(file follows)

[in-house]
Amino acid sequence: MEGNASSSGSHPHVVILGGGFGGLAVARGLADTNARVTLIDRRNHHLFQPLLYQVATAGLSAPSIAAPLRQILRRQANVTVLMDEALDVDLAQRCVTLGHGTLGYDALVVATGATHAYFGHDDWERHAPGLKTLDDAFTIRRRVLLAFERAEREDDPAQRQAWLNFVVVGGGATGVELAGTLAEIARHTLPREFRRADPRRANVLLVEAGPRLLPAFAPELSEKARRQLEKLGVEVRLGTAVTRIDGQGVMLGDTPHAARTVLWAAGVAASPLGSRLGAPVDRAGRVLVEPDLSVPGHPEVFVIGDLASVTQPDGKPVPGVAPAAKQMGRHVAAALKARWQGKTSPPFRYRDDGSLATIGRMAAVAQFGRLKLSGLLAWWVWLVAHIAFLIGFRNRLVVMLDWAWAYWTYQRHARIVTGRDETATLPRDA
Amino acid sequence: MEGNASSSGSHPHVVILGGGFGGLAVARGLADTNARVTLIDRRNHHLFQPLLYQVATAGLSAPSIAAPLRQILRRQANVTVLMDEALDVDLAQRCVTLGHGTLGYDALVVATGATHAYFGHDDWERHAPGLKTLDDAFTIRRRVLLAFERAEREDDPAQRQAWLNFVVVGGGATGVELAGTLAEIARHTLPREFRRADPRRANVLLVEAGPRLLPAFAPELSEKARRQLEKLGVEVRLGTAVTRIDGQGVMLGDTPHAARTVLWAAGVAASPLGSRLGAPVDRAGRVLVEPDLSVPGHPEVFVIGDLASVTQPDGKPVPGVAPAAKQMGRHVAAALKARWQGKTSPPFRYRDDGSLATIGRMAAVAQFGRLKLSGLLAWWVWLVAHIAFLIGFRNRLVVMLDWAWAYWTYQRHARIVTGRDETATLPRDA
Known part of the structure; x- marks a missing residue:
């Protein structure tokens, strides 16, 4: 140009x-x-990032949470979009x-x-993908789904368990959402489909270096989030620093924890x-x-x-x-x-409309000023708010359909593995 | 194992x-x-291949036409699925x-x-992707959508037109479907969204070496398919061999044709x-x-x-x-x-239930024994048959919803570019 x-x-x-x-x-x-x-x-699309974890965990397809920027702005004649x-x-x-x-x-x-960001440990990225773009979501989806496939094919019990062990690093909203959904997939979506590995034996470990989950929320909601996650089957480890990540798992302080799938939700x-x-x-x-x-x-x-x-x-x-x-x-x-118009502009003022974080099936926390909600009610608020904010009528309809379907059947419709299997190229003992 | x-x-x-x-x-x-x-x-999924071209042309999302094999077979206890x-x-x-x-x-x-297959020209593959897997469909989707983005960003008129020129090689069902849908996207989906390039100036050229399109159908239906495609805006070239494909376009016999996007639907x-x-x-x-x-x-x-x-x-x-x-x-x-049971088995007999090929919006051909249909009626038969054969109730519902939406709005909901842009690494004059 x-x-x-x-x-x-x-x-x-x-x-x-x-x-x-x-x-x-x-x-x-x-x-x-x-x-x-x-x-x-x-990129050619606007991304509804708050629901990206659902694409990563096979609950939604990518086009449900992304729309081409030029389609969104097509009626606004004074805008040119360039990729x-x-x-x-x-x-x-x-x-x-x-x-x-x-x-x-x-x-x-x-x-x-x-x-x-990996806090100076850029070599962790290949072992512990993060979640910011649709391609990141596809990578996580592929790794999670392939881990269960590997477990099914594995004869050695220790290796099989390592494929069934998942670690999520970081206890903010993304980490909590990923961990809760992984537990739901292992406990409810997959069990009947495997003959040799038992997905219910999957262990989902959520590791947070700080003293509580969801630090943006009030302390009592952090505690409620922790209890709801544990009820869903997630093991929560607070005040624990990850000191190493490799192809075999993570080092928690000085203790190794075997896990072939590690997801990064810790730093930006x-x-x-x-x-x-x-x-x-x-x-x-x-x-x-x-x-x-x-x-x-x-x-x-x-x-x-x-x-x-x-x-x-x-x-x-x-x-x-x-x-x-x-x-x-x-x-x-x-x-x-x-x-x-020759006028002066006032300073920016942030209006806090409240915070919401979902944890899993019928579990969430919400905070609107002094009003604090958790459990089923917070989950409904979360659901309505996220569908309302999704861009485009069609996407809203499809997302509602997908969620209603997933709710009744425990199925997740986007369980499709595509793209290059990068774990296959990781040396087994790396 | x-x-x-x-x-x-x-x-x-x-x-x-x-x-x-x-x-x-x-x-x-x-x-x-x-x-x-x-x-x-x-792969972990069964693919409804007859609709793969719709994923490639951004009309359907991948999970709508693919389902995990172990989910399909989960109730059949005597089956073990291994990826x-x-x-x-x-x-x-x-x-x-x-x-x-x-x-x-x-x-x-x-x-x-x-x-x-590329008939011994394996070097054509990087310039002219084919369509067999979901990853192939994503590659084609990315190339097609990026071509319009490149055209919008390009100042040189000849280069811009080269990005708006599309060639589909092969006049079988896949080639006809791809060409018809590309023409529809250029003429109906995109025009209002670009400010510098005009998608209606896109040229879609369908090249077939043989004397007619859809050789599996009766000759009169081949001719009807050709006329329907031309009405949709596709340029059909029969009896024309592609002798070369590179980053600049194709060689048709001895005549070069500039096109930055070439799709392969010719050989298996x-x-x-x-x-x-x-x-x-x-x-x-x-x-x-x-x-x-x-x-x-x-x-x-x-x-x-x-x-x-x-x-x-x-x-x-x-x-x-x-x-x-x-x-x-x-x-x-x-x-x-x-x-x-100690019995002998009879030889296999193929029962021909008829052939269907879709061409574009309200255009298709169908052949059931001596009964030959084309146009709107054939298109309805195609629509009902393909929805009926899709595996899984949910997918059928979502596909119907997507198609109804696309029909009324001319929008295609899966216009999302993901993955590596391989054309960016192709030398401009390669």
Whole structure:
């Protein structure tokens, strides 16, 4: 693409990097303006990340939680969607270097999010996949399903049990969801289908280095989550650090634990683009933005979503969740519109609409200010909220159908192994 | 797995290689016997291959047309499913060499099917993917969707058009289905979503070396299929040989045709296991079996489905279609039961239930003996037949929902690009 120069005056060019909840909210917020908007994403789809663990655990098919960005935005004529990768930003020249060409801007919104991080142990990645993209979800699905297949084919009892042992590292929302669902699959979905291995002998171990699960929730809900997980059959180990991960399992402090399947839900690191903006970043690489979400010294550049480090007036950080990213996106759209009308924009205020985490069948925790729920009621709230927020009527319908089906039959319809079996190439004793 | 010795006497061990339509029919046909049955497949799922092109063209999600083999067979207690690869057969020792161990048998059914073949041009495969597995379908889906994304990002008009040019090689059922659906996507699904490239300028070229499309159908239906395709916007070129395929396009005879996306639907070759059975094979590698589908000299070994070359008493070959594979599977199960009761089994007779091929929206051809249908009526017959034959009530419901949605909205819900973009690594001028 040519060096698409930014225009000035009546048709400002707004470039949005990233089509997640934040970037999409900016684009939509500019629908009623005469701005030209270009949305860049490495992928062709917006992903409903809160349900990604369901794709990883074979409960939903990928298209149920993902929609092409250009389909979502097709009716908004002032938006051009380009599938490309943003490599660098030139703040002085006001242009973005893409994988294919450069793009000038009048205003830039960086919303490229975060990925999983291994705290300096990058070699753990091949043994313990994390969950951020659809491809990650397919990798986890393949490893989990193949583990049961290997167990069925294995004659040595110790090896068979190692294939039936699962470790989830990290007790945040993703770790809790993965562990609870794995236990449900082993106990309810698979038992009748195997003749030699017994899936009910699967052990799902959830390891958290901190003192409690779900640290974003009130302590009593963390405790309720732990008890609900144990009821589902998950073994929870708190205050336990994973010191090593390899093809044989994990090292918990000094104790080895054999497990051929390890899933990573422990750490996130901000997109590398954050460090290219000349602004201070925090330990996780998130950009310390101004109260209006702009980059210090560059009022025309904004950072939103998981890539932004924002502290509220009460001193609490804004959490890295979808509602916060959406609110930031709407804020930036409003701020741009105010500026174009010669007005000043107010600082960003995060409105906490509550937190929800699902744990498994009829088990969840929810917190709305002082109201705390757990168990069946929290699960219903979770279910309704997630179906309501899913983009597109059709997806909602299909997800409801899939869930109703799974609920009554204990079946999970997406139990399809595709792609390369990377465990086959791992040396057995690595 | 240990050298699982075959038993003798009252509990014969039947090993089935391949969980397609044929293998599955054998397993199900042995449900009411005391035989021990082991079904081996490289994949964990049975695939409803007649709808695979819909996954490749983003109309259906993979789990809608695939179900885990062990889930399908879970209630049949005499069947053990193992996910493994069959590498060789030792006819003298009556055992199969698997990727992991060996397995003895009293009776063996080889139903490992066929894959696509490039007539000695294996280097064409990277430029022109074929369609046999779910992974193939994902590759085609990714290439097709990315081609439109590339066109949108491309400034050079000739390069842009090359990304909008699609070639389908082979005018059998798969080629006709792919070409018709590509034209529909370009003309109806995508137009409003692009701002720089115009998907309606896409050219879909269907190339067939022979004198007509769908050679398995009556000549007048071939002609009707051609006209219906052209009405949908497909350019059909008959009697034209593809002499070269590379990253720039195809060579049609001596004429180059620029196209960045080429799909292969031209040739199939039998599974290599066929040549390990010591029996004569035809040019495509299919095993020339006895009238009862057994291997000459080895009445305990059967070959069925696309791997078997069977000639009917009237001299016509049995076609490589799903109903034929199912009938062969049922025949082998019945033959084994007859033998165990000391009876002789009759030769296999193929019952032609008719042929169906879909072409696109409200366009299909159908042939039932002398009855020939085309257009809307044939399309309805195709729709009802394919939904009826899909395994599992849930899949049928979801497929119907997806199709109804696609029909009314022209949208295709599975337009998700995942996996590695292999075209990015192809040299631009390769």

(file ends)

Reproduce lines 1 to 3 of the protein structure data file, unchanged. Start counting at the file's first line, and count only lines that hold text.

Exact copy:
[in-house]
Amino acid sequence: MEGNASSSGSHPHVVILGGGFGGLAVARGLADTNARVTLIDRRNHHLFQPLLYQVATAGLSAPSIAAPLRQILRRQANVTVLMDEALDVDLAQRCVTLGHGTLGYDALVVATGATHAYFGHDDWERHAPGLKTLDDAFTIRRRVLLAFERAEREDDPAQRQAWLNFVVVGGGATGVELAGTLAEIARHTLPREFRRADPRRANVLLVEAGPRLLPAFAPELSEKARRQLEKLGVEVRLGTAVTRIDGQGVMLGDTPHAARTVLWAAGVAASPLGSRLGAPVDRAGRVLVEPDLSVPGHPEVFVIGDLASVTQPDGKPVPGVAPAAKQMGRHVAAALKARWQGKTSPPFRYRDDGSLATIGRMAAVAQFGRLKLSGLLAWWVWLVAHIAFLIGFRNRLVVMLDWAWAYWTYQRHARIVTGRDETATLPRDA
Amino acid sequence: MEGNASSSGSHPHVVILGGGFGGLAVARGLADTNARVTLIDRRNHHLFQPLLYQVATAGLSAPSIAAPLRQILRRQANVTVLMDEALDVDLAQRCVTLGHGTLGYDALVVATGATHAYFGHDDWERHAPGLKTLDDAFTIRRRVLLAFERAEREDDPAQRQAWLNFVVVGGGATGVELAGTLAEIARHTLPREFRRADPRRANVLLVEAGPRLLPAFAPELSEKARRQLEKLGVEVRLGTAVTRIDGQGVMLGDTPHAARTVLWAAGVAASPLGSRLGAPVDRAGRVLVEPDLSVPGHPEVFVIGDLASVTQPDGKPVPGVAPAAKQMGRHVAAALKARWQGKTSPPFRYRDDGSLATIGRMAAVAQFGRLKLSGLLAWWVWLVAHIAFLIGFRNRLVVMLDWAWAYWTYQRHARIVTGRDETATLPRDA